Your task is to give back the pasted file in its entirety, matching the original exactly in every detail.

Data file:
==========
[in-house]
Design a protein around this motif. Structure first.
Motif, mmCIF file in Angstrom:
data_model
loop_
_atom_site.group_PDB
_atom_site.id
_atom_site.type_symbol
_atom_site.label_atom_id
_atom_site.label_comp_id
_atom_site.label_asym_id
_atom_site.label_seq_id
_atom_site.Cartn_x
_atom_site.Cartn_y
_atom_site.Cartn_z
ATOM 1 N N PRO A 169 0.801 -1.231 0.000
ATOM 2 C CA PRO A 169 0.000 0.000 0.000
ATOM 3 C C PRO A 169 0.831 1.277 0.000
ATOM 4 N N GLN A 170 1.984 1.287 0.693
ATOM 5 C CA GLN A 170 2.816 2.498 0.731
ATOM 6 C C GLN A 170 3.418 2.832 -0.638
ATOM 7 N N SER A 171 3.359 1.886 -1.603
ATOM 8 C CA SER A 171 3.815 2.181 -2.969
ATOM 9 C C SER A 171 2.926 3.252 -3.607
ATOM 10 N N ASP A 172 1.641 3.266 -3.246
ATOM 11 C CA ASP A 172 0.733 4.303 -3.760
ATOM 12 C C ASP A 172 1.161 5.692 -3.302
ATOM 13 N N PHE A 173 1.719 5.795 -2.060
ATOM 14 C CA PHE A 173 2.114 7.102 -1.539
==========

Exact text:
[in-house]
Design a protein around this motif. Structure first.
Motif, mmCIF file in Angstrom:
data_model
loop_
_atom_site.group_PDB
_atom_site.id
_atom_site.type_symbol
_atom_site.label_atom_id
_atom_site.label_comp_id
_atom_site.label_asym_id
_atom_site.label_seq_id
_atom_site.Cartn_x
_atom_site.Cartn_y
_atom_site.Cartn_z
ATOM 1 N N PRO A 169 0.801 -1.231 0.000
ATOM 2 C CA PRO A 169 0.000 0.000 0.000
ATOM 3 C C PRO A 169 0.831 1.277 0.000
ATOM 4 N N GLN A 170 1.984 1.287 0.693
ATOM 5 C CA GLN A 170 2.816 2.498 0.731
ATOM 6 C C GLN A 170 3.418 2.832 -0.638
ATOM 7 N N SER A 171 3.359 1.886 -1.603
ATOM 8 C CA SER A 171 3.815 2.181 -2.969
ATOM 9 C C SER A 171 2.926 3.252 -3.607
ATOM 10 N N ASP A 172 1.641 3.266 -3.246
ATOM 11 C CA ASP A 172 0.733 4.303 -3.760
ATOM 12 C C ASP A 172 1.161 5.692 -3.302
ATOM 13 N N PHE A 173 1.719 5.795 -2.060
ATOM 14 C CA PHE A 173 2.114 7.102 -1.539